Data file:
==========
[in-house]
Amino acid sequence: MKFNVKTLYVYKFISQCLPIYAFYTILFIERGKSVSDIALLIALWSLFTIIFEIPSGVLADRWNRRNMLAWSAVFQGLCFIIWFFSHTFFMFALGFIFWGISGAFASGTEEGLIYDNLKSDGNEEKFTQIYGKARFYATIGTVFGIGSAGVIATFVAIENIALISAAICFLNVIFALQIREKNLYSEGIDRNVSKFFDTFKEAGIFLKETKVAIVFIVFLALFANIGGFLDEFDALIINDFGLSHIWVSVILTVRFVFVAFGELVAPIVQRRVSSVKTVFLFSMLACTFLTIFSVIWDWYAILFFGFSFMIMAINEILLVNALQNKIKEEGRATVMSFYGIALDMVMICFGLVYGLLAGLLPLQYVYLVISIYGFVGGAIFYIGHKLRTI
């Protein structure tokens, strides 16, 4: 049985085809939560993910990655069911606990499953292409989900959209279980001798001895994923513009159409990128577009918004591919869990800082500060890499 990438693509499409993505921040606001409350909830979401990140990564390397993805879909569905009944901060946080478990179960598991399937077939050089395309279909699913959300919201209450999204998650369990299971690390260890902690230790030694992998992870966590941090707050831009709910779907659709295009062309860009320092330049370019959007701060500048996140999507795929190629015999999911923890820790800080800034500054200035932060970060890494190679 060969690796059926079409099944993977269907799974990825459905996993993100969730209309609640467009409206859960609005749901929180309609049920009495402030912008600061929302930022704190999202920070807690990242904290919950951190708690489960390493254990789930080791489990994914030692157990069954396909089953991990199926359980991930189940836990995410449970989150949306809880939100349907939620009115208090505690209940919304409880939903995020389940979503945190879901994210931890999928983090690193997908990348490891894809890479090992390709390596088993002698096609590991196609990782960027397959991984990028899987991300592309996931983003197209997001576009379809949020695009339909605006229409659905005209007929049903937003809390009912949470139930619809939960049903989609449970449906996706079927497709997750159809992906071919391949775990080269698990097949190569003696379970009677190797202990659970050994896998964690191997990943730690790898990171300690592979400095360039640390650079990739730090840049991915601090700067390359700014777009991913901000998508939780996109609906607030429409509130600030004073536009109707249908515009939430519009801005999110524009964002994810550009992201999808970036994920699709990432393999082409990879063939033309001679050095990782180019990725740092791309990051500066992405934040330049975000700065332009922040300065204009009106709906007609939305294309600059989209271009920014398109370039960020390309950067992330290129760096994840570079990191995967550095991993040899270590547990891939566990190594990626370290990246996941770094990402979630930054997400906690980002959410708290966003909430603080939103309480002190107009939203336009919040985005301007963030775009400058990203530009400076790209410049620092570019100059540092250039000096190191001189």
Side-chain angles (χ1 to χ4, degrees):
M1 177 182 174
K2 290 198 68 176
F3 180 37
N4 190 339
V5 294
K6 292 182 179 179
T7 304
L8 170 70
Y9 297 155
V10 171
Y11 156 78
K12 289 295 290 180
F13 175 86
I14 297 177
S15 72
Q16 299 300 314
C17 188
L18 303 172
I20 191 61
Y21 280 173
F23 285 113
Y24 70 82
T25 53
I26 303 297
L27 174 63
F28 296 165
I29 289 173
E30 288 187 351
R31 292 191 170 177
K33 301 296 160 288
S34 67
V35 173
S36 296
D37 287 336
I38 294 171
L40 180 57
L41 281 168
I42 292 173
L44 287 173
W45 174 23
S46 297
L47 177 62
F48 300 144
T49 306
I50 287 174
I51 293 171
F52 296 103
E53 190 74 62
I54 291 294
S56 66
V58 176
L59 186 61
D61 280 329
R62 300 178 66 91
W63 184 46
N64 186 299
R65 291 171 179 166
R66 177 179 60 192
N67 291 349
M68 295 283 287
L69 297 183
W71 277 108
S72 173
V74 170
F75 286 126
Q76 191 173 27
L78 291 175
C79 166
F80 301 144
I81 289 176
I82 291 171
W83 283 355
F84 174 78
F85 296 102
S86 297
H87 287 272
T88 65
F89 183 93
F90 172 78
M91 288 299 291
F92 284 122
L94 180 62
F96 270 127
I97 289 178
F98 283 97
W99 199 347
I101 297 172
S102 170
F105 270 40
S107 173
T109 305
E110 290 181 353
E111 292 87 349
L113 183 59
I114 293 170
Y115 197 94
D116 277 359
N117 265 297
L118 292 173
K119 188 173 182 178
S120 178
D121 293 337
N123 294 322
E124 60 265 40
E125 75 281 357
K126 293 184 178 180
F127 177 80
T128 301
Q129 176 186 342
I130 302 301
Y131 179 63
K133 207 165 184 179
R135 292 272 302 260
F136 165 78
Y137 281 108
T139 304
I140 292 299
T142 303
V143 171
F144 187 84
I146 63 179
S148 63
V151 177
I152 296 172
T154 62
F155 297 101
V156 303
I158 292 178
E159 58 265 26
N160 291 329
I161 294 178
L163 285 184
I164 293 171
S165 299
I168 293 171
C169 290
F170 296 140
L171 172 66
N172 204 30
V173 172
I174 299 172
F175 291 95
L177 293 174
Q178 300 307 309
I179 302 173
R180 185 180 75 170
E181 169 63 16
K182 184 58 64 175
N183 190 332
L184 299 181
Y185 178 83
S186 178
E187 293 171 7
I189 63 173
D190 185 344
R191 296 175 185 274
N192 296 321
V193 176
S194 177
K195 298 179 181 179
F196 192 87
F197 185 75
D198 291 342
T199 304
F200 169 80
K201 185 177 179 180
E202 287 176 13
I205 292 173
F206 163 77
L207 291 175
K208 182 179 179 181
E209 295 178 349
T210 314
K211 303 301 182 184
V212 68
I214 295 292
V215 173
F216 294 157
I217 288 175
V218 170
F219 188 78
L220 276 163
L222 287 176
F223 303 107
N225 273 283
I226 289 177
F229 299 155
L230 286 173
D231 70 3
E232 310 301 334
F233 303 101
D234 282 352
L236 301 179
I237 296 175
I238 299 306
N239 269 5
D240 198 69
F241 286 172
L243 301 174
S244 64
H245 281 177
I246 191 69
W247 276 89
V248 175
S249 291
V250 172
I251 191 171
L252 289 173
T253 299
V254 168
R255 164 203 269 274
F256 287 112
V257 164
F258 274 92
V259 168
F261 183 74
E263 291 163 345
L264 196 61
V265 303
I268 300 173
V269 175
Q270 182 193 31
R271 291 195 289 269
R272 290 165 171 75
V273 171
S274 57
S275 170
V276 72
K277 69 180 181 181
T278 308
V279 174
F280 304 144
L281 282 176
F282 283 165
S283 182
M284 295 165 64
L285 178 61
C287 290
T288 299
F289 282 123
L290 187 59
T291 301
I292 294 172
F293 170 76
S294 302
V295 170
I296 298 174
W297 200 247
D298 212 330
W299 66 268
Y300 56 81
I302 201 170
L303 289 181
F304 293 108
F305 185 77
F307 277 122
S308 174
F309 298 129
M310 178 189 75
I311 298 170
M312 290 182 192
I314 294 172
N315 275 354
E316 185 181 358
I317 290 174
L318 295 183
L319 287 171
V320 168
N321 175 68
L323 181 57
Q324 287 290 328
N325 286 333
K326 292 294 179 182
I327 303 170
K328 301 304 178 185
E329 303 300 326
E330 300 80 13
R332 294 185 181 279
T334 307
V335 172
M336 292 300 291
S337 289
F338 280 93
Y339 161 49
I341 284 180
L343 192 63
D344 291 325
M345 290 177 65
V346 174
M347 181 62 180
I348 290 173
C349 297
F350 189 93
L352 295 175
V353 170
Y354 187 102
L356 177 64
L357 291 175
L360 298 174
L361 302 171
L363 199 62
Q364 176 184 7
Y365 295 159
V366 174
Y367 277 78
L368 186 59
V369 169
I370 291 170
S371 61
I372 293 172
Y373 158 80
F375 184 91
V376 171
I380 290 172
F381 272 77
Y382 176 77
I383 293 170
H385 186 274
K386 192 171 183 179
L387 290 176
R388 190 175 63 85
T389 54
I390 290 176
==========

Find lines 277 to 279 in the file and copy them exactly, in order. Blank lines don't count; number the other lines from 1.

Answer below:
K326 292 294 179 182
I327 303 170
K328 301 304 178 185